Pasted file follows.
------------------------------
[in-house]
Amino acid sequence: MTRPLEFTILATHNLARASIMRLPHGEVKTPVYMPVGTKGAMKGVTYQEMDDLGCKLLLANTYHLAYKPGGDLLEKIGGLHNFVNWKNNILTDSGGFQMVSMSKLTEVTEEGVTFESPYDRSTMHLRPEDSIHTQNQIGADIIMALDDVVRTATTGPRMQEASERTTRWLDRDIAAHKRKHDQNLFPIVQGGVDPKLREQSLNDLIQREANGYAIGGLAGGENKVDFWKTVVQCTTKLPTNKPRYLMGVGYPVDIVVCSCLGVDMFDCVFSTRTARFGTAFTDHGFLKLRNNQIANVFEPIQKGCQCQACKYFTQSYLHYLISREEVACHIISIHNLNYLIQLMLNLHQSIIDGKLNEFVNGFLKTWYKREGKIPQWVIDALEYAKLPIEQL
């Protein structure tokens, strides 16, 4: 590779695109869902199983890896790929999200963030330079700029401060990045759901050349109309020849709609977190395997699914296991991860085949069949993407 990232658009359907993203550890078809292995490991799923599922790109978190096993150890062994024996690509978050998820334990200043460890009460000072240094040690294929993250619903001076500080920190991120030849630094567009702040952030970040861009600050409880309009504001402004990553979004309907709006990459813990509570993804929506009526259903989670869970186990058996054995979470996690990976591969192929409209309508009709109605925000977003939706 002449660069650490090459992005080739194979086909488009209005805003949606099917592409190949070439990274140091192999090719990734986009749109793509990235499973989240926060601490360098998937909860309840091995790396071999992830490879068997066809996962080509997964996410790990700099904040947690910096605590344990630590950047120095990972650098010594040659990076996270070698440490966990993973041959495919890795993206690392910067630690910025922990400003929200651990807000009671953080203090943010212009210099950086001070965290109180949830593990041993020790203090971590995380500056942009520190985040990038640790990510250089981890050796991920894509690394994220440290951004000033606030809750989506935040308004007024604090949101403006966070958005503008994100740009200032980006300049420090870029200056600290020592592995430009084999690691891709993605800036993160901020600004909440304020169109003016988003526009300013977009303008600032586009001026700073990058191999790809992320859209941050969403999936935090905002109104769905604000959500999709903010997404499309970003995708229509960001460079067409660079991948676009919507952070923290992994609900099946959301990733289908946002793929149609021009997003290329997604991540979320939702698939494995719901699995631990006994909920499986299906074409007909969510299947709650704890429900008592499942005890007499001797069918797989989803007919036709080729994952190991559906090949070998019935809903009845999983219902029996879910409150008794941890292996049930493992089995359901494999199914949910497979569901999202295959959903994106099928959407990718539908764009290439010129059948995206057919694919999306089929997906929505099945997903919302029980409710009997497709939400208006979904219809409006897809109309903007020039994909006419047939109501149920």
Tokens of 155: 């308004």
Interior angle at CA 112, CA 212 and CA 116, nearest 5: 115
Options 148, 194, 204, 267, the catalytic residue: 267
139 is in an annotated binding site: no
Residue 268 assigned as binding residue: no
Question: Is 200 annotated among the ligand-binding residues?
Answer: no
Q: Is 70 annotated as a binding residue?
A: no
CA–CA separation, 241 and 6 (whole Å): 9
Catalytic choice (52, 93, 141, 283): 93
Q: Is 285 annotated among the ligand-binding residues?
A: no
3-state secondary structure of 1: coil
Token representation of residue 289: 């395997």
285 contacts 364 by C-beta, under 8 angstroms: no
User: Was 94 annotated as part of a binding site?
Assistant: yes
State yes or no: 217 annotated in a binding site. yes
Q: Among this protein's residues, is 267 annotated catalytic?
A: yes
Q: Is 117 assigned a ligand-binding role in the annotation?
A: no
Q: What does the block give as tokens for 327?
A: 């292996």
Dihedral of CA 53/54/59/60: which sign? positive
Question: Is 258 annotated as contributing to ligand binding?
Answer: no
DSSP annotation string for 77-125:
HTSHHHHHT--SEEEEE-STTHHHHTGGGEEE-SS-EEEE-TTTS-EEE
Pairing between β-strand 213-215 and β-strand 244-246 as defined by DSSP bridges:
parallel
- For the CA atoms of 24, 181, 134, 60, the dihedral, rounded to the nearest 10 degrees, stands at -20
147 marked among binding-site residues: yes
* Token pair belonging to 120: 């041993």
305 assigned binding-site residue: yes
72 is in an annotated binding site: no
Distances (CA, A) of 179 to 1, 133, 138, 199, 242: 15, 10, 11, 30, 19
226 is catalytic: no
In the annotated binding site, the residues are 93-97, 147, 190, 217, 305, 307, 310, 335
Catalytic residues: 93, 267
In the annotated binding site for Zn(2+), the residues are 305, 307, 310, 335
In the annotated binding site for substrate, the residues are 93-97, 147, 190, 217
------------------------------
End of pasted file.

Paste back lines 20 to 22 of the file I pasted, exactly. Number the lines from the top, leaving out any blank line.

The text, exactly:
User: Was 94 annotated as part of a binding site?
Assistant: yes
State yes or no: 217 annotated in a binding site. yes